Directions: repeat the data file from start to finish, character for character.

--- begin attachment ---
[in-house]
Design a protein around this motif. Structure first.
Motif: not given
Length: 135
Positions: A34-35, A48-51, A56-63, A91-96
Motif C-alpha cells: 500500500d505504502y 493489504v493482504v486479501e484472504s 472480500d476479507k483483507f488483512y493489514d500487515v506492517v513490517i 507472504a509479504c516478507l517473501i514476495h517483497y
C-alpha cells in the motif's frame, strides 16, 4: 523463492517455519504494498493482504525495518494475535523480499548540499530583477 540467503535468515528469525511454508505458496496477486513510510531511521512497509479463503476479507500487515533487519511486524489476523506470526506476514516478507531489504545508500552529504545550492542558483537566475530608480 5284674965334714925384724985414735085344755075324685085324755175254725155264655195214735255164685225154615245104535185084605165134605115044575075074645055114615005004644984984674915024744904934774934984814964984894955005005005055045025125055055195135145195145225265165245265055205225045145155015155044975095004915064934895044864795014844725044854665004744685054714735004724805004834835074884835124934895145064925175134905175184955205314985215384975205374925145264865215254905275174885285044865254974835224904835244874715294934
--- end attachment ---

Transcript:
[in-house]
Design a protein around this motif. Structure first.
Motif: not given
Length: 135
Positions: A34-35, A48-51, A56-63, A91-96
Motif C-alpha cells: 500500500d505504502y 493489504v493482504v486479501e484472504s 472480500d476479507k483483507f488483512y493489514d500487515v506492517v513490517i 507472504a509479504c516478507l517473501i514476495h517483497y
C-alpha cells in the motif's frame, strides 16, 4: 523463492517455519504494498493482504525495518494475535523480499548540499530583477 540467503535468515528469525511454508505458496496477486513510510531511521512497509479463503476479507500487515533487519511486524489476523506470526506476514516478507531489504545508500552529504545550492542558483537566475530608480 5284674965334714925384724985414735085344755075324685085324755175254725155264655195214735255164685225154615245104535185084605165134605115044575075074645055114615005004644984984674915024744904934774934984814964984894955005005005055045025125055055195135145195145225265165245265055205225045145155015155044975095004915064934895044864795014844725044854665004744685054714735004724805004834835074884835124934895145064925175134905175184955205314985215384975205374925145264865215254905275174885285044865254974835224904835244874715294934